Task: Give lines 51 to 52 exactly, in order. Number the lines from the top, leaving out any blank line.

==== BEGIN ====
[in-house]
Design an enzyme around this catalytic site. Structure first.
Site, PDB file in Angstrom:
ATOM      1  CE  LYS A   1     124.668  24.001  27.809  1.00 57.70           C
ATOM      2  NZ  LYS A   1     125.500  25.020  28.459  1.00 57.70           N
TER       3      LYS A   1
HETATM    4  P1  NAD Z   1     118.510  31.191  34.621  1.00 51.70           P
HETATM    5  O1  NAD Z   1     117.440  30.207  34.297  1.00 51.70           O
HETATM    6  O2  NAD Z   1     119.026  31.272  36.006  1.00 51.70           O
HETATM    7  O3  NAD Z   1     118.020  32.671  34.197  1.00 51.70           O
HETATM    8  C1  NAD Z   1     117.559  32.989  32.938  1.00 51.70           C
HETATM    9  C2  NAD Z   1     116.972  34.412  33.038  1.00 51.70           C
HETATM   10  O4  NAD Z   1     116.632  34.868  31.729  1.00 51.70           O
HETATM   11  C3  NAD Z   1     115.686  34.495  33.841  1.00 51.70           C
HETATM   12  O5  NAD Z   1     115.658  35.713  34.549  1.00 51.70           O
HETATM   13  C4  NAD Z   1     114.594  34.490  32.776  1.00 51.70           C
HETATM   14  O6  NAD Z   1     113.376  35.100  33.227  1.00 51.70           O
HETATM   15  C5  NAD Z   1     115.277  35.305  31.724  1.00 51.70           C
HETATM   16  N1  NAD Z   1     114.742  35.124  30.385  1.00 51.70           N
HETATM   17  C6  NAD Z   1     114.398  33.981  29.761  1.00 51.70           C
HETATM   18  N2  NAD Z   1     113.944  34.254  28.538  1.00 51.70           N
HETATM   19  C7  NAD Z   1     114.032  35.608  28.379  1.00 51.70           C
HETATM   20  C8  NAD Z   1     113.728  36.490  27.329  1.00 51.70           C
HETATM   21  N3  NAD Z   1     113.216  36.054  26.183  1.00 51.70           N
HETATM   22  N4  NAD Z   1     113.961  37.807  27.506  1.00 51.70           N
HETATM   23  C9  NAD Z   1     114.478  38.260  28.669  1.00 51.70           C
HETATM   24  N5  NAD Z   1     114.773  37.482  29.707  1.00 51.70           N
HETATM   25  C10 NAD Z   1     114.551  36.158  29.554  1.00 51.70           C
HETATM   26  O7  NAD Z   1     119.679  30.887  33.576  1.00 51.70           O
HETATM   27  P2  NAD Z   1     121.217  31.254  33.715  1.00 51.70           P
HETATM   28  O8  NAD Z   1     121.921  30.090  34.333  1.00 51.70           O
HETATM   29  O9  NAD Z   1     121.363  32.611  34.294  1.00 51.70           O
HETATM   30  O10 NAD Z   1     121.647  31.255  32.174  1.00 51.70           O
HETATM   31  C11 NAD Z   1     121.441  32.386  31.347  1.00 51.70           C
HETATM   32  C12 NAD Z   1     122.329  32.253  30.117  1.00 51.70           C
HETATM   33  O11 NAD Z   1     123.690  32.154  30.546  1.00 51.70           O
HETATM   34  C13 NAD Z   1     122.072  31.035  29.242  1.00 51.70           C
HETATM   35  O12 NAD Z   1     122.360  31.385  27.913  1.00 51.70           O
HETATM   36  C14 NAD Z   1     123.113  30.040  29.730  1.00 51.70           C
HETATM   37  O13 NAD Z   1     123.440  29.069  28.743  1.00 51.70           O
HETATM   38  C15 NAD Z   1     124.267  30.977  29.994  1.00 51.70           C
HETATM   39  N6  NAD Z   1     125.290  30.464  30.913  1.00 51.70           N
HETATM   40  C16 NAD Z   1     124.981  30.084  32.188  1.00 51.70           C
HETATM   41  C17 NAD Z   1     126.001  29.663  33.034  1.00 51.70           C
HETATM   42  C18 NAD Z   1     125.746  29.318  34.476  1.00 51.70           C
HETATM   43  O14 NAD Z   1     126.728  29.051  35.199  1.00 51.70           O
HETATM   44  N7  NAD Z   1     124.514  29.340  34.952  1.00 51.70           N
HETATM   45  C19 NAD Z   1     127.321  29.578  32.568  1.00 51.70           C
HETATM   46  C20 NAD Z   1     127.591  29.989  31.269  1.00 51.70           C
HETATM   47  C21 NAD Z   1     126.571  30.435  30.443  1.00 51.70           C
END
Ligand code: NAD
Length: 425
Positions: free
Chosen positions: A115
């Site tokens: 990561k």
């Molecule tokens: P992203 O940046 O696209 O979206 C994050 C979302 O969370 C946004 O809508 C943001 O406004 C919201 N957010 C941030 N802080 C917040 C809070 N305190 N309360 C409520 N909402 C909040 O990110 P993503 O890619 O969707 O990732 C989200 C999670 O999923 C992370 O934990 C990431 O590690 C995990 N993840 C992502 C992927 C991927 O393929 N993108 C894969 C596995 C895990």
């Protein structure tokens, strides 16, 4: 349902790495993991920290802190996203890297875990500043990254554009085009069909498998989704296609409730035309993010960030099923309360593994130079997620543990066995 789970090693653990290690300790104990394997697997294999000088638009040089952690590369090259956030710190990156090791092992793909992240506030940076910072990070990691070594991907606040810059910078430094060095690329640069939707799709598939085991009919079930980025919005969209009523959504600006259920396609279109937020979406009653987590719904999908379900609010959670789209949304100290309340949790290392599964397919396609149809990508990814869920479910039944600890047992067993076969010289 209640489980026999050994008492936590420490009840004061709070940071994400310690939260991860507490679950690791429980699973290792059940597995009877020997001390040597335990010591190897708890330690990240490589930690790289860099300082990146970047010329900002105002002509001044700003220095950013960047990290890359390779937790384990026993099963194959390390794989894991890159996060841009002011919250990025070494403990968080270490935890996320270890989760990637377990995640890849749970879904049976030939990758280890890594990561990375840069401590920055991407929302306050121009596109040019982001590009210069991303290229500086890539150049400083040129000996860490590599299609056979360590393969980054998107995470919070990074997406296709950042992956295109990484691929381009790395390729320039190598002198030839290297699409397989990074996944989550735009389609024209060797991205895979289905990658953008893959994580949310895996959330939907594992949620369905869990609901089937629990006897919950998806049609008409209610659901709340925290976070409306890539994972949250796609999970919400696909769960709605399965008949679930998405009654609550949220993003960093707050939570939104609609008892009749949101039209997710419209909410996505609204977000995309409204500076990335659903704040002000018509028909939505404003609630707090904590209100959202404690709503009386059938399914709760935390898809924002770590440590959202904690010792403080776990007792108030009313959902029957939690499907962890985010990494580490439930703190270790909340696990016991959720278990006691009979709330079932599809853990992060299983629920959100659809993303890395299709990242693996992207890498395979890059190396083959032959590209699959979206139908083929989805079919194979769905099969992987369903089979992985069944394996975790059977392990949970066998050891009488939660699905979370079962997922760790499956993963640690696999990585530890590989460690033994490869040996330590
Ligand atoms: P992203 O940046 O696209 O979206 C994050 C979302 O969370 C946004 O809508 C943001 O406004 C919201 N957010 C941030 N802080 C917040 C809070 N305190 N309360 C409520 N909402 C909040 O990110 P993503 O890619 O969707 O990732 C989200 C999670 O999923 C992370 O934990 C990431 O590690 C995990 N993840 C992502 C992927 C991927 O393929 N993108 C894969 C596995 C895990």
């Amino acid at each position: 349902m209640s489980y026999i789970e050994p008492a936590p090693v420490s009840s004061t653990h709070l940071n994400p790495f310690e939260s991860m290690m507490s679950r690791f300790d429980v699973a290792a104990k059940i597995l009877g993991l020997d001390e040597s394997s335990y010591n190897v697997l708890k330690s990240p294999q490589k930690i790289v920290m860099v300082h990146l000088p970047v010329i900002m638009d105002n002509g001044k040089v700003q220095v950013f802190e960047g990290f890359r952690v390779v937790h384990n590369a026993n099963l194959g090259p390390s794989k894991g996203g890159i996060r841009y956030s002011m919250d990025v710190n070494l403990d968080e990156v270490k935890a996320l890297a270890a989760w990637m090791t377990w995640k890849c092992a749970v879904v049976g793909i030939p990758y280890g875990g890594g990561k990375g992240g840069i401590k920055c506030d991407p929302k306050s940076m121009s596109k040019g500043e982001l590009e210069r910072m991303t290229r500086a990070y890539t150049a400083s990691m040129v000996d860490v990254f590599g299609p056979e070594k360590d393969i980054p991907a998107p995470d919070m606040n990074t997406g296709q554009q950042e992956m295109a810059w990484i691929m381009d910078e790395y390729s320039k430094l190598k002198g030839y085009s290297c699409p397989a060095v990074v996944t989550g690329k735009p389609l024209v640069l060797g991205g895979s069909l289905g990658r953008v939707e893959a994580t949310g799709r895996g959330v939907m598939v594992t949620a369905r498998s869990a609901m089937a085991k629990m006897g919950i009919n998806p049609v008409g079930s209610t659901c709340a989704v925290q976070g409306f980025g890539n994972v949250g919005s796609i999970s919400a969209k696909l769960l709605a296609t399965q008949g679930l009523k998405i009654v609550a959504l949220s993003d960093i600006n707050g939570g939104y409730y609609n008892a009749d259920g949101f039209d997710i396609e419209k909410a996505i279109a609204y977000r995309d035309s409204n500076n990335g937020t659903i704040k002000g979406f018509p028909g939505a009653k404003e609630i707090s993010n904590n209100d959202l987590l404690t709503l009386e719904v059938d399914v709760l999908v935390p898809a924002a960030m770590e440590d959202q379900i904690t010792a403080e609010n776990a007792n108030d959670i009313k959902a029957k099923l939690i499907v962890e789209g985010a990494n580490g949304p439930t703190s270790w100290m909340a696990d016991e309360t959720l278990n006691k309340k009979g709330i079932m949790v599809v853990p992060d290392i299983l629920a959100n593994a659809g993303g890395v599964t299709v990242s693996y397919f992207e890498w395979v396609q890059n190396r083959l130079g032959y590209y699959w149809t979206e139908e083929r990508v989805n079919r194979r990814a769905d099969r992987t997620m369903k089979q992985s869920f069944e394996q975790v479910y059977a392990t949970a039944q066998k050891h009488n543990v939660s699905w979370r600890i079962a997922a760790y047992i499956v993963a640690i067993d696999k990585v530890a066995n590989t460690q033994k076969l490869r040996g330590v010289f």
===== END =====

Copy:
END
Ligand code: NAD